Hefner is talking specifically about the forge, part of the first-floor clock and metal workshops. It is, he says, "the best documented forge from 18th century America" (he notes that the blacksmith shop’s forge in Virginia’s Colonial Williamsburg is based on the Dominys').
But he might as well have been talking about the entire project.
The house, which is where the family lived and worked, was built in 1773 by Nathaniel IV, although the family had been living in East Hampton for nearly a century by then. A woodworking shop was added in 1791, and a clock shop, also adjoining the original house, in 1798.
In 1940, two architects — Daniel Hopping and Carl Stoye — visited the old, and largely unchanged house, which was still owned by the family at that point. The two were part of the Historic American Buildings Survey that had begun in 1933 to document the vanishing built environment of early America. They did extensive drawings and measurements, resulting in an exacting, detailed picture of the interior. Those records are in the Library of Congress. "We couldn’t have done the restoration without those," says Hefner.
Although the original house was demolished six years after the survey, the two workshops flanking the house were saved and moved elsewhere in East Hampton. For the restoration, they have been rejoined with an exact recreation of the timber frame and exterior of the house at 73 North St.
As part of the first phase of the four-year project, the house has been rebuilt, with Dominy-like precision and attention to detail, by John Hummel & Associates, an East Hampton firm that specializes in historic preservation (and no relation to Charles Hummel of the Winterthur). The New Jersey Barn Co. handled the frame.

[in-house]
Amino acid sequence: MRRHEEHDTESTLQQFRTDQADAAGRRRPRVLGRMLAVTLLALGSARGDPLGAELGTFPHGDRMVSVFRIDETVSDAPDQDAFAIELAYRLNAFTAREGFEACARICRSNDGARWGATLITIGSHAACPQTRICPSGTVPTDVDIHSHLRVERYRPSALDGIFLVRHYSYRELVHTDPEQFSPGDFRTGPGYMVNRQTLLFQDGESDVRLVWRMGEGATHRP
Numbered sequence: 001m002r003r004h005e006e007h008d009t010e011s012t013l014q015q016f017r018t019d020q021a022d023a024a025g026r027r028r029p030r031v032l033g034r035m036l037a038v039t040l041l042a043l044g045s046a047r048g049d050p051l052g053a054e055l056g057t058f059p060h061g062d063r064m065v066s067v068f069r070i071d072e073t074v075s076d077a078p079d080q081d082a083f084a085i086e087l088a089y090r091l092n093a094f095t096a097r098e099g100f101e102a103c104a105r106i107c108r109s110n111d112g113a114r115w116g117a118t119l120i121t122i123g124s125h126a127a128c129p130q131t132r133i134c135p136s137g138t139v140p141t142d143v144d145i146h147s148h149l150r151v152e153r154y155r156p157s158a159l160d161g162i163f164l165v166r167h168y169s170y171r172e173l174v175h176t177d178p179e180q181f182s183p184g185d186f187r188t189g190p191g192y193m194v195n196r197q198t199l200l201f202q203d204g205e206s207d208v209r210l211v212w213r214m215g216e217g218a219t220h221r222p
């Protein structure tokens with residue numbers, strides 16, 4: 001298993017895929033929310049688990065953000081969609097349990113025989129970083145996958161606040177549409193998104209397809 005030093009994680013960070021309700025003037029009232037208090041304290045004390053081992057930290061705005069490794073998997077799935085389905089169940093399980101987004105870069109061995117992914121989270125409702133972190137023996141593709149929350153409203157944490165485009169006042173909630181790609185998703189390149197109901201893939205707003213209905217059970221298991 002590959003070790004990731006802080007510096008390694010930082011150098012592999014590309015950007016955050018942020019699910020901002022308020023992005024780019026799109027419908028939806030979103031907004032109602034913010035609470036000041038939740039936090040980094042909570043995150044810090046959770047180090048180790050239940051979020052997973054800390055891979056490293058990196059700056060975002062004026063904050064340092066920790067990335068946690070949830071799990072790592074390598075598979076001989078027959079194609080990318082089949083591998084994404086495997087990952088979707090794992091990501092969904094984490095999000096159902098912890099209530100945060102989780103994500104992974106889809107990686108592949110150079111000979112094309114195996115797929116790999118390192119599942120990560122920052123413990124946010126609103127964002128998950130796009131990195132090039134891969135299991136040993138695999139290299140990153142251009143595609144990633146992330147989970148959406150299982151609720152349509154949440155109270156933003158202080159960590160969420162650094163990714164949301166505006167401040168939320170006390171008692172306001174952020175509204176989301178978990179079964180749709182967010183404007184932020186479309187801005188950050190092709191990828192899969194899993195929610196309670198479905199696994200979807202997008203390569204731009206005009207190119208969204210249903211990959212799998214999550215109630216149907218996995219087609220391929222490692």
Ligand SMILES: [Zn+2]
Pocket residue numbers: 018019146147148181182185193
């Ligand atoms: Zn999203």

"They pre-assembled the frame there, took it apart and then reassembled the whole house here in the parking lot," says Hefner, who is supervising the restoration of what will become a new Village of East Hampton museum, as he stands amid the skeletal interior of a structure built before the American Revolution. "A crane lifted it into place."
The next phase of the project, Hefner says, will involve restoring the shop interiors — reconstructing the forge in the clock and metal shop, rebuilding the fireplace in the woodworking shop, and installing a few modern necessities for 21st century visitors, who, if all goes well, may be welcomed to The Dominy Shops Museum in summer 2022. There they will see the restored workshops, as well as period furniture built by the Dominys, and informative signage. (The project is being funded by a $600,000 bond issued by East Hampton Village).
Fittingly, in a 1,500-square-foot space illuminated by more than 20 windows, the restored Dominy Shops Museum will offer a vista to something much larger: the world of the 18th century and 19th century, and the way people lived and worked in a rural Long Island community like East Hampton.
A shop hard at work
Indeed, one of the most striking things learned about the Dominys (who kept meticulous shop records, which survive), was that they and their customers didn’t use much money: Paper currency and coins were uncommon in Colonial Long Island.
"It was a barter system," Hefner explains. "If the Dominys made or repaired something for someone, that person did something for them. People were plowing their fields, carting their firewood, sowing their seeds."